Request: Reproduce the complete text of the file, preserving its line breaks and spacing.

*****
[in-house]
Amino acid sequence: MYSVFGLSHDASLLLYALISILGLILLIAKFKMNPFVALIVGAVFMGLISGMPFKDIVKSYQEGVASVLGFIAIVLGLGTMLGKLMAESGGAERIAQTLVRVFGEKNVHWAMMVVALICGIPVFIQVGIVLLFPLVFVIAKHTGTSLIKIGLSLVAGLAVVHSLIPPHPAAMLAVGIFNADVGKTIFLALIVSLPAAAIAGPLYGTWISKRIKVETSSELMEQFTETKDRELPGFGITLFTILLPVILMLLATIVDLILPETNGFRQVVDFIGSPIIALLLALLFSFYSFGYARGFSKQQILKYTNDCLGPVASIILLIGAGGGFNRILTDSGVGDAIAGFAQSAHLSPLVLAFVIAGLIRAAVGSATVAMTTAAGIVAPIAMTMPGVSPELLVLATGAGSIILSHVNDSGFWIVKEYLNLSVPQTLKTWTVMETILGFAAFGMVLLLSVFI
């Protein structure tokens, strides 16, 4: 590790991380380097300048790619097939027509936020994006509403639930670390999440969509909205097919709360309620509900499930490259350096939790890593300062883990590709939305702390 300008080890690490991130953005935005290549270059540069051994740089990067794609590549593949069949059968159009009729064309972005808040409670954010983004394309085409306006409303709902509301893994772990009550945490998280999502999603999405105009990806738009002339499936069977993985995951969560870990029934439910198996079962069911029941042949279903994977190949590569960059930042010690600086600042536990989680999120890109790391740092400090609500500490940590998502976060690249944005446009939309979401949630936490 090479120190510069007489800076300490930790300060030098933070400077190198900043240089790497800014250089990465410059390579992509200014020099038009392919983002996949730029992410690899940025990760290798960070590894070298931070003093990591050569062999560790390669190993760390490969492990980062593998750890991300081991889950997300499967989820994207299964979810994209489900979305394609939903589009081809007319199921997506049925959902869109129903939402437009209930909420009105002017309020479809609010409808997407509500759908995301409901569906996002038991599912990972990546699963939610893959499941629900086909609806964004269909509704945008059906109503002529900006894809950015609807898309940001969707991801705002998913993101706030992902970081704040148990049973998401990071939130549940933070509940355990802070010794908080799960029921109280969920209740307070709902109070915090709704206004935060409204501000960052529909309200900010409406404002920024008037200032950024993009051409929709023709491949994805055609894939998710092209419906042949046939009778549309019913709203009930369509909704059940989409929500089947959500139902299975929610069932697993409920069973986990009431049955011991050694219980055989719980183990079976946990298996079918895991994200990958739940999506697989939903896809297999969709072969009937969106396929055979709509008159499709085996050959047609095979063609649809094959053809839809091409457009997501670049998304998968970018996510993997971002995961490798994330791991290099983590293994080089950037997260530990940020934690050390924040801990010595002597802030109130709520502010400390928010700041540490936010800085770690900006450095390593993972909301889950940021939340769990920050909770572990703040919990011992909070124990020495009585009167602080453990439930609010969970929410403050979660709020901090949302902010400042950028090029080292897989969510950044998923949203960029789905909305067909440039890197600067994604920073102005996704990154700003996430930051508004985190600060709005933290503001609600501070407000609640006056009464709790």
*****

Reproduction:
[in-house]
Amino acid sequence: MYSVFGLSHDASLLLYALISILGLILLIAKFKMNPFVALIVGAVFMGLISGMPFKDIVKSYQEGVASVLGFIAIVLGLGTMLGKLMAESGGAERIAQTLVRVFGEKNVHWAMMVVALICGIPVFIQVGIVLLFPLVFVIAKHTGTSLIKIGLSLVAGLAVVHSLIPPHPAAMLAVGIFNADVGKTIFLALIVSLPAAAIAGPLYGTWISKRIKVETSSELMEQFTETKDRELPGFGITLFTILLPVILMLLATIVDLILPETNGFRQVVDFIGSPIIALLLALLFSFYSFGYARGFSKQQILKYTNDCLGPVASIILLIGAGGGFNRILTDSGVGDAIAGFAQSAHLSPLVLAFVIAGLIRAAVGSATVAMTTAAGIVAPIAMTMPGVSPELLVLATGAGSIILSHVNDSGFWIVKEYLNLSVPQTLKTWTVMETILGFAAFGMVLLLSVFI
């Protein structure tokens, strides 16, 4: 590790991380380097300048790619097939027509936020994006509403639930670390999440969509909205097919709360309620509900499930490259350096939790890593300062883990590709939305702390 300008080890690490991130953005935005290549270059540069051994740089990067794609590549593949069949059968159009009729064309972005808040409670954010983004394309085409306006409303709902509301893994772990009550945490998280999502999603999405105009990806738009002339499936069977993985995951969560870990029934439910198996079962069911029941042949279903994977190949590569960059930042010690600086600042536990989680999120890109790391740092400090609500500490940590998502976060690249944005446009939309979401949630936490 090479120190510069007489800076300490930790300060030098933070400077190198900043240089790497800014250089990465410059390579992509200014020099038009392919983002996949730029992410690899940025990760290798960070590894070298931070003093990591050569062999560790390669190993760390490969492990980062593998750890991300081991889950997300499967989820994207299964979810994209489900979305394609939903589009081809007319199921997506049925959902869109129903939402437009209930909420009105002017309020479809609010409808997407509500759908995301409901569906996002038991599912990972990546699963939610893959499941629900086909609806964004269909509704945008059906109503002529900006894809950015609807898309940001969707991801705002998913993101706030992902970081704040148990049973998401990071939130549940933070509940355990802070010794908080799960029921109280969920209740307070709902109070915090709704206004935060409204501000960052529909309200900010409406404002920024008037200032950024993009051409929709023709491949994805055609894939998710092209419906042949046939009778549309019913709203009930369509909704059940989409929500089947959500139902299975929610069932697993409920069973986990009431049955011991050694219980055989719980183990079976946990298996079918895991994200990958739940999506697989939903896809297999969709072969009937969106396929055979709509008159499709085996050959047609095979063609649809094959053809839809091409457009997501670049998304998968970018996510993997971002995961490798994330791991290099983590293994080089950037997260530990940020934690050390924040801990010595002597802030109130709520502010400390928010700041540490936010800085770690900006450095390593993972909301889950940021939340769990920050909770572990703040919990011992909070124990020495009585009167602080453990439930609010969970929410403050979660709020901090949302902010400042950028090029080292897989969510950044998923949203960029789905909305067909440039890197600067994604920073102005996704990154700003996430930051508004985190600060709005933290503001609600501070407000609640006056009464709790």